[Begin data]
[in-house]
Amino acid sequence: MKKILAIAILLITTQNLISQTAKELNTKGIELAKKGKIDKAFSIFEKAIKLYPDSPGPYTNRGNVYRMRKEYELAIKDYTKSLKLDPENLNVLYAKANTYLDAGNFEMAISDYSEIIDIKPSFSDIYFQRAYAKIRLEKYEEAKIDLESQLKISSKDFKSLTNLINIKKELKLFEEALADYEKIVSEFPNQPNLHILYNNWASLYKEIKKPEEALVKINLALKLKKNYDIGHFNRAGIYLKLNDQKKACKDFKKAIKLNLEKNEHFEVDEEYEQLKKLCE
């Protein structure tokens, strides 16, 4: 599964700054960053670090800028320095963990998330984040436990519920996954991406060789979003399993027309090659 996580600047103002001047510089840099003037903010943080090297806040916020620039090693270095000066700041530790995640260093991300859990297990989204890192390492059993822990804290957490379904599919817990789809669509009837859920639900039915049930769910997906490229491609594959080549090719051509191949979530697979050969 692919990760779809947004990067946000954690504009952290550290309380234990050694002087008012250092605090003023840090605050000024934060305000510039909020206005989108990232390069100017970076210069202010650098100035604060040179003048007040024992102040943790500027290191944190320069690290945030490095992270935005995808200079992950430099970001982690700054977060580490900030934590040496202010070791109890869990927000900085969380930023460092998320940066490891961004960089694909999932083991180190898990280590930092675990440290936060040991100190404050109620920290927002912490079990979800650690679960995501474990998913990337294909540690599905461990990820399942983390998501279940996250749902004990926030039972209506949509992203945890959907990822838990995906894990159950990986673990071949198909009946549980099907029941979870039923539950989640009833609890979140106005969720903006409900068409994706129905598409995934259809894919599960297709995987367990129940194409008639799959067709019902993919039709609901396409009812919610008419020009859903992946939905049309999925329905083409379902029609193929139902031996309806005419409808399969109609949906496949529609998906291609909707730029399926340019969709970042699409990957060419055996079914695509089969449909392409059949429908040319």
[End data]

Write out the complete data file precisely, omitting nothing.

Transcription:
[in-house]
Amino acid sequence: MKKILAIAILLITTQNLISQTAKELNTKGIELAKKGKIDKAFSIFEKAIKLYPDSPGPYTNRGNVYRMRKEYELAIKDYTKSLKLDPENLNVLYAKANTYLDAGNFEMAISDYSEIIDIKPSFSDIYFQRAYAKIRLEKYEEAKIDLESQLKISSKDFKSLTNLINIKKELKLFEEALADYEKIVSEFPNQPNLHILYNNWASLYKEIKKPEEALVKINLALKLKKNYDIGHFNRAGIYLKLNDQKKACKDFKKAIKLNLEKNEHFEVDEEYEQLKKLCE
């Protein structure tokens, strides 16, 4: 599964700054960053670090800028320095963990998330984040436990519920996954991406060789979003399993027309090659 996580600047103002001047510089840099003037903010943080090297806040916020620039090693270095000066700041530790995640260093991300859990297990989204890192390492059993822990804290957490379904599919817990789809669509009837859920639900039915049930769910997906490229491609594959080549090719051509191949979530697979050969 692919990760779809947004990067946000954690504009952290550290309380234990050694002087008012250092605090003023840090605050000024934060305000510039909020206005989108990232390069100017970076210069202010650098100035604060040179003048007040024992102040943790500027290191944190320069690290945030490095992270935005995808200079992950430099970001982690700054977060580490900030934590040496202010070791109890869990927000900085969380930023460092998320940066490891961004960089694909999932083991180190898990280590930092675990440290936060040991100190404050109620920290927002912490079990979800650690679960995501474990998913990337294909540690599905461990990820399942983390998501279940996250749902004990926030039972209506949509992203945890959907990822838990995906894990159950990986673990071949198909009946549980099907029941979870039923539950989640009833609890979140106005969720903006409900068409994706129905598409995934259809894919599960297709995987367990129940194409008639799959067709019902993919039709609901396409009812919610008419020009859903992946939905049309999925329905083409379902029609193929139902031996309806005419409808399969109609949906496949529609998906291609909707730029399926340019969709970042699409990957060419055996079914695509089969449909392409059949429908040319």